Capital, by John Lanchester

Faber & Faber (2015), Paperback, 592 pages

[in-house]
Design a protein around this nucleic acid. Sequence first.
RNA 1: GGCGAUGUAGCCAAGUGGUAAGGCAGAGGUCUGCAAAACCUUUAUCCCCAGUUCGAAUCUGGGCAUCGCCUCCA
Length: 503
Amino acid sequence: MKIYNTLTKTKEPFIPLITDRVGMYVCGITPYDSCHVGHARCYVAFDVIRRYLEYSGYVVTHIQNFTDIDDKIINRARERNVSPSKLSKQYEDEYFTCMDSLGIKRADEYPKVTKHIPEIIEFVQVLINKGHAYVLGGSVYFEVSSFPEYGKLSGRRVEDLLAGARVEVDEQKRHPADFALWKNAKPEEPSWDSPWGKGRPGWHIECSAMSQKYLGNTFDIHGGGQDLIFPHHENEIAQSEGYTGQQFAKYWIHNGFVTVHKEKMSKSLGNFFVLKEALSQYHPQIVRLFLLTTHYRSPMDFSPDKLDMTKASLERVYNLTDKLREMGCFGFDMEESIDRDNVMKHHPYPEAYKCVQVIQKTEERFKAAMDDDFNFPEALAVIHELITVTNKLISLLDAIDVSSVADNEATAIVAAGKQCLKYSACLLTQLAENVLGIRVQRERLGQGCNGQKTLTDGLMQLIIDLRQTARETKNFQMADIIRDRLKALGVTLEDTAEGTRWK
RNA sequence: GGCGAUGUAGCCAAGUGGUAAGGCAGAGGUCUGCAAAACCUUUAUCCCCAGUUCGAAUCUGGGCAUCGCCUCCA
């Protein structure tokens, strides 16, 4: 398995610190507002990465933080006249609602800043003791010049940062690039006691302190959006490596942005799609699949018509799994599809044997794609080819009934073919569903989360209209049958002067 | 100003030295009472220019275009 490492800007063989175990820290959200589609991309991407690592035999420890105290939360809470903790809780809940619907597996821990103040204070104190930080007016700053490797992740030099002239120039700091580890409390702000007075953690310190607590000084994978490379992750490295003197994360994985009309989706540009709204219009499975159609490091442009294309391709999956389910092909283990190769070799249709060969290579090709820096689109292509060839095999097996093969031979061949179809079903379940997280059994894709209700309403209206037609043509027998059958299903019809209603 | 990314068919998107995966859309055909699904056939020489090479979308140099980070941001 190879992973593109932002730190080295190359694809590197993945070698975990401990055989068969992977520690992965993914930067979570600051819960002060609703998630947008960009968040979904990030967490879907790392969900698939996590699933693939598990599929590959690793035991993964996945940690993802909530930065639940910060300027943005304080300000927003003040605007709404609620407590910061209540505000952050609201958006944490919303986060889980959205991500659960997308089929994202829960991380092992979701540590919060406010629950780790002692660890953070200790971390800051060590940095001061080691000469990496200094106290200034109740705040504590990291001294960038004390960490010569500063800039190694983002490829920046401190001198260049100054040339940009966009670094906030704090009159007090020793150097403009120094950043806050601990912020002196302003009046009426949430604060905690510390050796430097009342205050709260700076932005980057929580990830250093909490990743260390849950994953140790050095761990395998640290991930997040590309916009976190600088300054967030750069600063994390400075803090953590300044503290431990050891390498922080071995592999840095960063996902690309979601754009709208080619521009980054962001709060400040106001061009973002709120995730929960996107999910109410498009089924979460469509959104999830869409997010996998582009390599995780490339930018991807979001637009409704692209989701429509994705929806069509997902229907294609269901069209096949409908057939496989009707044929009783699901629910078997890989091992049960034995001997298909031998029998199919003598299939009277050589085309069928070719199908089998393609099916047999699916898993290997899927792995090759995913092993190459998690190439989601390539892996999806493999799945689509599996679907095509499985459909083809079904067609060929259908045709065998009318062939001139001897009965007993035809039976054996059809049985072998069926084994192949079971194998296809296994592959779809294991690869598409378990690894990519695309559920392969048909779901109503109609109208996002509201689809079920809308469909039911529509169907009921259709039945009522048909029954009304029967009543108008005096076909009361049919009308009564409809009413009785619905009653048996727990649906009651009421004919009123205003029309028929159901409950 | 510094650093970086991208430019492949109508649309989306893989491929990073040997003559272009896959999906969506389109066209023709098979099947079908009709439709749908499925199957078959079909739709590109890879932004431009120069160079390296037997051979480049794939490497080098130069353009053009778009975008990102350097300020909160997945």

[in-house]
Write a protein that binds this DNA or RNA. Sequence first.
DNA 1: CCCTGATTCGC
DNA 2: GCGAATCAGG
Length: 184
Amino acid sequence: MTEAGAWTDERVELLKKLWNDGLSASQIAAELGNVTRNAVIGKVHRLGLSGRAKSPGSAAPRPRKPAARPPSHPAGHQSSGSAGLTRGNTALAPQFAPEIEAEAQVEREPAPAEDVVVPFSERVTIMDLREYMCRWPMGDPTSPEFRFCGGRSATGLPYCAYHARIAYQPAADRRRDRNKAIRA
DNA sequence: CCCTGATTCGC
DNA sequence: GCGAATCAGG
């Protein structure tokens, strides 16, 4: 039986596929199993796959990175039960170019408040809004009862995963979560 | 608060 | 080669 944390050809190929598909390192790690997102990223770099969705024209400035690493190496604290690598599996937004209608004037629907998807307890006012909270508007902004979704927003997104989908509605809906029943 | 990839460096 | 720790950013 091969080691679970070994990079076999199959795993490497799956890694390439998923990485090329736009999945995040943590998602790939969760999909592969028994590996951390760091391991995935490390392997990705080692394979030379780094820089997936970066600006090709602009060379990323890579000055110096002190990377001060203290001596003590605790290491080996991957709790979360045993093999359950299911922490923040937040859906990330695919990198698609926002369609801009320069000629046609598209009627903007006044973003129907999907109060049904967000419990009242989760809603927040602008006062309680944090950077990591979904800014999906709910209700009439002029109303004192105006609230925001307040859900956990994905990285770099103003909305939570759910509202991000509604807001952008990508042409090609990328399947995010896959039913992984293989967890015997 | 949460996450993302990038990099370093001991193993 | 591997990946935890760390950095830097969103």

Pepys Road is an average upper middle class street in London hovering on the brink of financial crisis in 2008. The inhabitants are a perfect cross-section of society – the banker in a mid-life crisis, his shopaholic wife  and their luscious Hungarian nanny, the Polish jobbing builder dreaming of the perfect woman and return to his homeland with money, the elderly widow dying of cancer and her careworn daughter, the Pakistani family running the corner store, who have unwittingly sheltered a jihadi, the Zimbabwean refugee working as a traffic warden, the young African on the brink of football stardom and his fish out of water father, and a host of other characters who swim in and out of the narrative as required. What links them together, and provides the central plot is that each is receiving unsigned postcards saying “We want what you have”. While the postcard campaign mounts in tempo, the residents deal with their own issues with varying degrees of success. And this, in the end, is what truly makes this book worth reading. the postcard plot is uninteresting the revelation of the culprits in the end is incredibly underwhelming, but along the way the reader will have been captivated by the different stories of the characters involved. For some, like Zbigniew the builder and his Hungarian sweetheart, the story ends happily, for others, like Roger the banker and Quentina the traffic warden, it doesn’t, but their stories bare captivating and will hold the reader’s attention to the end. This is a masterful piece of writing, the author has used a weak device to hold together a narrative where the protagonists really have little in common, and done a superb job of creating a very readable and absorbing novel. Well done.


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